If you’re looking to dive into real estate investing but don’t have the capital to invest in a development project or a single-family home, a condo may sound like a good compromise. Condominiums are generally cheaper than a detached home, and landlords have fewer maintenance issues, as the association takes care of the lawn and exterior of the building.
But just like any other investment, it’s important to thoroughly research all of the benefits and potential concerns you may face when investing in a condo.
“Too many Canadians are being seduced by the pretty pictures and stories of easy lifestyle and they end up buying into a building that is a time bomb of costs,” Kur Rosentreter, senior adviser at Manulife Securities Inc., told The Globe and Mail.
The Potential Pitfalls of a Condo Investment
Many potential investors consider condos because they sound like an attainable option. They’re cheaper than a detached home or the cost to buy into a major development project.
But experts warn that outside of the purchase price savings, condos may wind up costing more than a house.
In urban areas of Canada, the property taxes can be high. The monthly maintenance costs can also add up quickly. In addition to these costs, potential landlords must also consider that they are still responsible for the interior of the condo. If the water heater breaks, you will be in charge of replacing or repairing it.
Many condo owners also deal with unforeseen expenses. If the pool valve breaks or the community requires a major repair, condo owners will collectively be responsible for these costs.
The Potential Benefits of Investing in a Condo
Still, condos manage to remain a popular investment option, and buying in the right place has a lot to do with the success of your investment.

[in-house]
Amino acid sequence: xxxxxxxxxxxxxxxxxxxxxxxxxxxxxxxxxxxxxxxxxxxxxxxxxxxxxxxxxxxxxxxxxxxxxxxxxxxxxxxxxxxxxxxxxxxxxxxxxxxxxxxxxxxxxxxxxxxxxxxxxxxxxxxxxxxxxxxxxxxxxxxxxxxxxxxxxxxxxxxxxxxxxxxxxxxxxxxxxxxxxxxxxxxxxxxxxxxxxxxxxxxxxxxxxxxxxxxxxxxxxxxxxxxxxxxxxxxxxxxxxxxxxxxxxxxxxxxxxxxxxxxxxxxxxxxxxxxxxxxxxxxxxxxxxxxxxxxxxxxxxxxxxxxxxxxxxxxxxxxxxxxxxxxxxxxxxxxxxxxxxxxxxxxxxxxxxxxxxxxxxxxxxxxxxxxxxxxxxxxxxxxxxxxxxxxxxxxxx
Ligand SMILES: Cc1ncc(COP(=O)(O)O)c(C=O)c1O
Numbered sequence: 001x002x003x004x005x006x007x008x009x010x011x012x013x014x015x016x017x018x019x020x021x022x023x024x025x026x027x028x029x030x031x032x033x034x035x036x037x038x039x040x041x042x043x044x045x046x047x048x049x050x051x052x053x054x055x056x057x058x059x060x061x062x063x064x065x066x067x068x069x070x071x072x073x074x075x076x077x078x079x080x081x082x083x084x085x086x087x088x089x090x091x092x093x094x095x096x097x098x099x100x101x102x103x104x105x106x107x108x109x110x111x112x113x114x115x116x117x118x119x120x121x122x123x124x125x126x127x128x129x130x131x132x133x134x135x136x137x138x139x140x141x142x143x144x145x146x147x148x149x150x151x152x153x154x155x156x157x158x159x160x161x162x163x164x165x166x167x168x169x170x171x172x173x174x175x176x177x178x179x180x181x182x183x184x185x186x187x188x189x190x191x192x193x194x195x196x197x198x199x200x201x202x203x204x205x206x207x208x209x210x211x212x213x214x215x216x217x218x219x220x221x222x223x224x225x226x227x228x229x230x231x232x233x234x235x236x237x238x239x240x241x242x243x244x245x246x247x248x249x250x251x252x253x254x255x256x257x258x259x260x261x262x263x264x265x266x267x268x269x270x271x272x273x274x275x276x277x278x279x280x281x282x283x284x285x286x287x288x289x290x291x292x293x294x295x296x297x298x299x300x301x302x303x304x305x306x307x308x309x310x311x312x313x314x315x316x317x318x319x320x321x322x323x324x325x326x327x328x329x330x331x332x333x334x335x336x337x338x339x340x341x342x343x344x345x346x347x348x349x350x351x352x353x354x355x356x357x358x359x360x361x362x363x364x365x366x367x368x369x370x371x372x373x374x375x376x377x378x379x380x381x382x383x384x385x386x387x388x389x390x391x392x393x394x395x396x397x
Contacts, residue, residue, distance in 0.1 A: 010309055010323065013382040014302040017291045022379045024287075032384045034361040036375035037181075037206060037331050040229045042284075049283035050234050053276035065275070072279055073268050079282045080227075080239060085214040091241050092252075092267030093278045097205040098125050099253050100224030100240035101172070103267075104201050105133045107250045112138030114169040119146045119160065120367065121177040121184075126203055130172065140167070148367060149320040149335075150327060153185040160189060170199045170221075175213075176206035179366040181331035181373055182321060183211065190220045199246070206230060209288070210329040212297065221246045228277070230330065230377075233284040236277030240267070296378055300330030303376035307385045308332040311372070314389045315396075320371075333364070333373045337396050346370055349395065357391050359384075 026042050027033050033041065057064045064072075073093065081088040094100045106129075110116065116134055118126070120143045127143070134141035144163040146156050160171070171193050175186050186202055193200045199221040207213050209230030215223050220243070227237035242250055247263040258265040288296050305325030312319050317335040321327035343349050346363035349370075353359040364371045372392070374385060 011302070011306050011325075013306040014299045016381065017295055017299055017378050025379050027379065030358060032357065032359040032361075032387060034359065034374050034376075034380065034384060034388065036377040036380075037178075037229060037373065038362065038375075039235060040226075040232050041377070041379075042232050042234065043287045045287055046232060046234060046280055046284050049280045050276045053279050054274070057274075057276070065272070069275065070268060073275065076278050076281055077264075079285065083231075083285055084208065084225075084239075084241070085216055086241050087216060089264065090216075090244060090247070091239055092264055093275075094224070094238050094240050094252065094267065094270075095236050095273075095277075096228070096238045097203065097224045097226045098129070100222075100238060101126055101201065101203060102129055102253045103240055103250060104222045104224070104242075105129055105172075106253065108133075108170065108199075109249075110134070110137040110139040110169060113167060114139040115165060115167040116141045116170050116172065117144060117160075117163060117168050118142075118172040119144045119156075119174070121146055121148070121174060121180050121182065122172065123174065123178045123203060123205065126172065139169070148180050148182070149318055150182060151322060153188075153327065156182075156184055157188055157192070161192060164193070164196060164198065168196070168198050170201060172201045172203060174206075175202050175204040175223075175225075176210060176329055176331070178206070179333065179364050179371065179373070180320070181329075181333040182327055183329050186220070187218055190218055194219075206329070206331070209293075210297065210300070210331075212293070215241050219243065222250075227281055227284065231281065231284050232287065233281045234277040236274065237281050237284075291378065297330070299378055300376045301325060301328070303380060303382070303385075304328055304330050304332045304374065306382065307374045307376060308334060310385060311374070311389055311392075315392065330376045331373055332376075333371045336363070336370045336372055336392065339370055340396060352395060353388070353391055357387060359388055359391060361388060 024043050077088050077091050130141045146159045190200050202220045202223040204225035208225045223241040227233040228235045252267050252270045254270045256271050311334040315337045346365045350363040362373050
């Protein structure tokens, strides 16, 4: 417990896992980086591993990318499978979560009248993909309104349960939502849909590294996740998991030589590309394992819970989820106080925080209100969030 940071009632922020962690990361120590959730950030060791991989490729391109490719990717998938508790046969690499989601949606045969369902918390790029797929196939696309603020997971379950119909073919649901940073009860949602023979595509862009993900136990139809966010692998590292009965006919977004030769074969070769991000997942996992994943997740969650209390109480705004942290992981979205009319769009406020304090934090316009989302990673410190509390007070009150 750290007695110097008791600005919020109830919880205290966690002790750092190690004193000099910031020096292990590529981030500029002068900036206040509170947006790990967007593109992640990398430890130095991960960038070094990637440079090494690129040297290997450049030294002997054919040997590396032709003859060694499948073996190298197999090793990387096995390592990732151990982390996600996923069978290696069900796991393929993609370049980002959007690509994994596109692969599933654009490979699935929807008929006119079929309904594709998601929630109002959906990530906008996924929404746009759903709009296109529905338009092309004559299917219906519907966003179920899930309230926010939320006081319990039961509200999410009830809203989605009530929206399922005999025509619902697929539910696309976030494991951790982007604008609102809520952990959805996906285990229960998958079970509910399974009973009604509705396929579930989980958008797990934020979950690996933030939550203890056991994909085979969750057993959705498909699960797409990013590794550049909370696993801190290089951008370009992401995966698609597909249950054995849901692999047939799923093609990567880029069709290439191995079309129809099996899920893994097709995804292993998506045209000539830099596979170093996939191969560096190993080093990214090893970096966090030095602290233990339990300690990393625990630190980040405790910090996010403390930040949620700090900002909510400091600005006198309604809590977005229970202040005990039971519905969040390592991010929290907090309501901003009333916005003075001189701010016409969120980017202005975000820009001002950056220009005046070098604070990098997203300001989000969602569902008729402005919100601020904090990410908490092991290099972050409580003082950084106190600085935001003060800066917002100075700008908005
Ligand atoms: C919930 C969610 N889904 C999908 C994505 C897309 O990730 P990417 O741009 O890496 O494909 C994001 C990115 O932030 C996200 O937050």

If the high-priced housing markets of Vancouver or Toronto are out of your reach, you may consider foreign investment if you have the means. In the United States, condo investments in along the Florida coast or in Myrtle Beach, South Carolina often provide a reliable stream of recurring income.
If you prefer to keep your investments in Canada, you may be able to capitalize on the high costs of single-family homes. Because homes are out of reach for many young people, they are left with no other option than to buy a condo.
While you must consider property taxes and maintenance costs, there is the benefit of not having to maintain the grounds. The association takes care of lawn and building maintenance. The only thing you’re responsible for is the interior of the home.
Additionally, condos offer unique amenities that attract certain types of people. Many have gyms, business centers and pools that residents are free to use. These amenities can be promoted to attract potential renters or buyers.
Ultimately, the numbers will determine whether a condo is a good investment. If you can get a nice return from selling or a decent income stream from renting, this investment option may be worth your while.